Floyd, seated to the left of Oleander, sprang into action. He jumped up, jostling his steel lab stool, and made a mad dash to the sink. Grabbing a stack of paper towels, he ran them under the faucet and smacked the top of Oleander’s headwith the wet wad. This merely encouraged the fire, which reached further heavenward. Maybe it was my imagination, but I thought I saw a hint of blue at the tip. Was the conflagration going critical?

Maybe that guy who couldn’t find his burner could use Oleander’s head.

Throughout it all, Ms. Jacobs continued to diligently carve her wax, which she had transformed from a block to a marble. Her detached countenance contrasted sharply with the flaming emergency, which Floyd and I had to deal with. Water wasn’t the answer, and the lard lurking in the depths might spread the fire. Baking soda wasn’t readily available, but the fire extinguisher seemed inappropriate. Then again, that might be fun...

Water seemed to be the only option. I jumped up and completely knocked over my stool, which crashed to the floor with a loud, metallic clank that caught the attention of an ever-widening circle ofstudents. Several turned to gaze wide-eyed on the pyrotechnic glory that was “Oleander the Human Torch.”

I filled a green mixing bowl with water and dumped it on her head. Miraculously, the flames were snuffed out before the grease fire could spread. Floyd whacked her head with wet paper towels one last time, just to make sure. All was well, but Oleander was drenched.

I thought she would have been grateful, thanking me and Floyd for our heroic efforts. Conversely, she could have gone ballistic. But, she simply kept on working, never again lifting her chin off her chest.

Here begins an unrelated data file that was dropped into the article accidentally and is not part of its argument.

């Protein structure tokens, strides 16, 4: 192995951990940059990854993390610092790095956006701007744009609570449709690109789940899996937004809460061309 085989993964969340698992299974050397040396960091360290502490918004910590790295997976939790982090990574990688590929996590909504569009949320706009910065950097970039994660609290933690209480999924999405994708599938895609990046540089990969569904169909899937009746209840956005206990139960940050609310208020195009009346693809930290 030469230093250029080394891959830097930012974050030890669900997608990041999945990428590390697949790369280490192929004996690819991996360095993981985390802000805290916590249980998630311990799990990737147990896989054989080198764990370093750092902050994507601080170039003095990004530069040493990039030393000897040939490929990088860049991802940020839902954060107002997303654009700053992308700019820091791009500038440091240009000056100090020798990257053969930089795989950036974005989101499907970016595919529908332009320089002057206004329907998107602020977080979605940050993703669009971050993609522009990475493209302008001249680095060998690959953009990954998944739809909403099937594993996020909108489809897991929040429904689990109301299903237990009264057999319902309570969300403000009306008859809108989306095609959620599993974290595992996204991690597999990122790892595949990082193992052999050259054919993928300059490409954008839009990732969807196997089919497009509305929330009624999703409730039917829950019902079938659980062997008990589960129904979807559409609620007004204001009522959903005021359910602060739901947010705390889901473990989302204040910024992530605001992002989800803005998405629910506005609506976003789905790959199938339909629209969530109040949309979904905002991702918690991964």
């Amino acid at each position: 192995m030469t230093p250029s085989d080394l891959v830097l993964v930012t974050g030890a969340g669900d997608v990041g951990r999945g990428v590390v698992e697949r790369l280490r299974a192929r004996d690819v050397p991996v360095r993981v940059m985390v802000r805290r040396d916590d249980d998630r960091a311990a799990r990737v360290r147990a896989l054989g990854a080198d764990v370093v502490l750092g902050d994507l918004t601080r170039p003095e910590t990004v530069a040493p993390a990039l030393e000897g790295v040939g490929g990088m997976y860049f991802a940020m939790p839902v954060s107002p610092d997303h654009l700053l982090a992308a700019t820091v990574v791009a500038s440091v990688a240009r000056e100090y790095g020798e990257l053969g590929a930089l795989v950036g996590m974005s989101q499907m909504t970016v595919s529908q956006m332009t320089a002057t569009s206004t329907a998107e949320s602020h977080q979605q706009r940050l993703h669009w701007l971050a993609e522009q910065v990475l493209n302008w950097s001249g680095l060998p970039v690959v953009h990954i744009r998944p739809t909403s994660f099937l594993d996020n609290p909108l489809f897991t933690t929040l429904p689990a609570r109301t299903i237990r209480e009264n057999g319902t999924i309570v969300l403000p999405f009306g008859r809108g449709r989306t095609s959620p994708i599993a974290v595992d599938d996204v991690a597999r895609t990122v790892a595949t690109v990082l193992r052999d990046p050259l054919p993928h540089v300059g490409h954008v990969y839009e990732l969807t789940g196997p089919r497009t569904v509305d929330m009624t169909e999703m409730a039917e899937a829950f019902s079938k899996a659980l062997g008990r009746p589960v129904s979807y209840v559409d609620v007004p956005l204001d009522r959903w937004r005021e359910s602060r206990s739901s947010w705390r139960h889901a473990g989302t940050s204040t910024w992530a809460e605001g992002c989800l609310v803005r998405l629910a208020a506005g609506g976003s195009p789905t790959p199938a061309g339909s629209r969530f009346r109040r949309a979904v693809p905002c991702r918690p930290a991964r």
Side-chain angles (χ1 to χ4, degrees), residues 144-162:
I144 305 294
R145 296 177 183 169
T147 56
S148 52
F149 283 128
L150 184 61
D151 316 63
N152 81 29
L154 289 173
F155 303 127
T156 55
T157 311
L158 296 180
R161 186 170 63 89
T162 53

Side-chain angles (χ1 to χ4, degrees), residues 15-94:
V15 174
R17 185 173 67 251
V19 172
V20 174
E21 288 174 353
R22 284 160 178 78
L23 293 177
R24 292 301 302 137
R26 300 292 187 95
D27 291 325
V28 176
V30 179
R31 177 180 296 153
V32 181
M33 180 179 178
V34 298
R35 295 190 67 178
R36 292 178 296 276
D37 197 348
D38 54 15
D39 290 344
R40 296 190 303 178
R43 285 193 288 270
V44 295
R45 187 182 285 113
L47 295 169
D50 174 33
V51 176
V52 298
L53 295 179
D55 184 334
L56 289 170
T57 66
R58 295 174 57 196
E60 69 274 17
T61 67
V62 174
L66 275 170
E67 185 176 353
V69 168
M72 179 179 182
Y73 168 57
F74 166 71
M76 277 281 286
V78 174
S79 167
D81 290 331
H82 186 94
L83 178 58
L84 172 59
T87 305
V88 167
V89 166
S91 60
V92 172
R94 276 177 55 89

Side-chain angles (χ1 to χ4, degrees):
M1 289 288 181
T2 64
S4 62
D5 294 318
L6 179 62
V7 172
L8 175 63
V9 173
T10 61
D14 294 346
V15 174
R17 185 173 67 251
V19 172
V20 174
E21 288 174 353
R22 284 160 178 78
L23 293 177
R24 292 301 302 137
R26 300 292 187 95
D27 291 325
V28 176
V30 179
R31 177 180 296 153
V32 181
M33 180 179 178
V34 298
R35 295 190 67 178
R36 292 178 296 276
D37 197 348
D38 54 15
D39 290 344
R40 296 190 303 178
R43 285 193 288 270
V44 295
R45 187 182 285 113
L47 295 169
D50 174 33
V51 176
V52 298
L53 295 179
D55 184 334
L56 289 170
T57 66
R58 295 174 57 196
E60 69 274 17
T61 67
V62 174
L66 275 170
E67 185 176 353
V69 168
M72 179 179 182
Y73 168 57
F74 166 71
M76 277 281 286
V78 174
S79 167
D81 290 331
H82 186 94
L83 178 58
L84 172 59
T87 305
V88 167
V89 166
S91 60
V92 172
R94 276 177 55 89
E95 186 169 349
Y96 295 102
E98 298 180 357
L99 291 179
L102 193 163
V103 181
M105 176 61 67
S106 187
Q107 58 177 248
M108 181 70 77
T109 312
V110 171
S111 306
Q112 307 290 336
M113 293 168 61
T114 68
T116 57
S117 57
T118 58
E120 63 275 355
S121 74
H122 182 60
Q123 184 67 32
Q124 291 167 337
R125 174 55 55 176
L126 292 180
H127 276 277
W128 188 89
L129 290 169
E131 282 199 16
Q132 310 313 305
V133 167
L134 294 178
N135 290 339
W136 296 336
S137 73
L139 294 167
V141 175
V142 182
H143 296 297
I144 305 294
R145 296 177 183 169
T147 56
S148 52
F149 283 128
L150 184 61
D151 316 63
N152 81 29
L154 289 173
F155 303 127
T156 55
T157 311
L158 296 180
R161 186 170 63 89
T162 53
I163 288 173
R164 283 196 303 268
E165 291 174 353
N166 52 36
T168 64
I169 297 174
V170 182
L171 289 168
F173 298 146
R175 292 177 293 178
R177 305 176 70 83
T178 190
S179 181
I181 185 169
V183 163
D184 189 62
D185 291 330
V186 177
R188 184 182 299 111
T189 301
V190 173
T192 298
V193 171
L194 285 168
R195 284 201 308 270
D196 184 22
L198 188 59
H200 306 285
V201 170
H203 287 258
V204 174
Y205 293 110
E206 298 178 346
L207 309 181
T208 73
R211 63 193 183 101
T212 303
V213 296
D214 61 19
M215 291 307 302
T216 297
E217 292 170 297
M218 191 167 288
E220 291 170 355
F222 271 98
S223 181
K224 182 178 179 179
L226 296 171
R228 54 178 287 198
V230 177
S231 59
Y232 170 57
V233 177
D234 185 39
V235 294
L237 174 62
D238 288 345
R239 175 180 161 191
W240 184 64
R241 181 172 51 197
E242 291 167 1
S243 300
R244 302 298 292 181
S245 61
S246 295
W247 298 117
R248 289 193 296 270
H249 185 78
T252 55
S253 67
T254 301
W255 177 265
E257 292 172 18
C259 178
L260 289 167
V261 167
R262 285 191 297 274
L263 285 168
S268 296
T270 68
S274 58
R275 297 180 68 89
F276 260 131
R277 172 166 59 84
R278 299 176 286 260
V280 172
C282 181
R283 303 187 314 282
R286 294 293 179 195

When my metal stool had reverberated against the floor, the clueless instructor glanced up briefly, but quickly went back to his cheap paperback. Students around our little bonfire seemed to enjoy the comic relief, while those seated further from the epicenter diligently carved their crowns without pausing to see where the awful stench was coming from.

With the misplaced flames duly extinguished, Oleander and the entire class were safe. However, those seated near the fiasco found it hard to concentrate and quietly chuckled through half-smiles. From time to time, the proctor put his book down and strolled around to inspect our progress. But he never suspected the close call in Section J. Everyone passed that test, including Ms. Jacobs and her two-man fire brigade.

The following day, Oleander arrived at school, as slithery-slimy as ever, her hair still unwashed. I discreetly searched for a burnt spot on her scalp but couldn’t find one. She turned, caught me staring and actually smiled. I weakly smiled back, hoping I wasn’t sending her the wrong signals. Somehow, the scorched field had blended in with her disheveled mop.

Oleander somehow made it through all four years. I found it hard to imagine her responding appropriately to a patient’s angst, and hoped she went into research. But I never knew. Afraid that she had misinterpreted my stare, I never stayed in touch.

Jim Rhea, DMD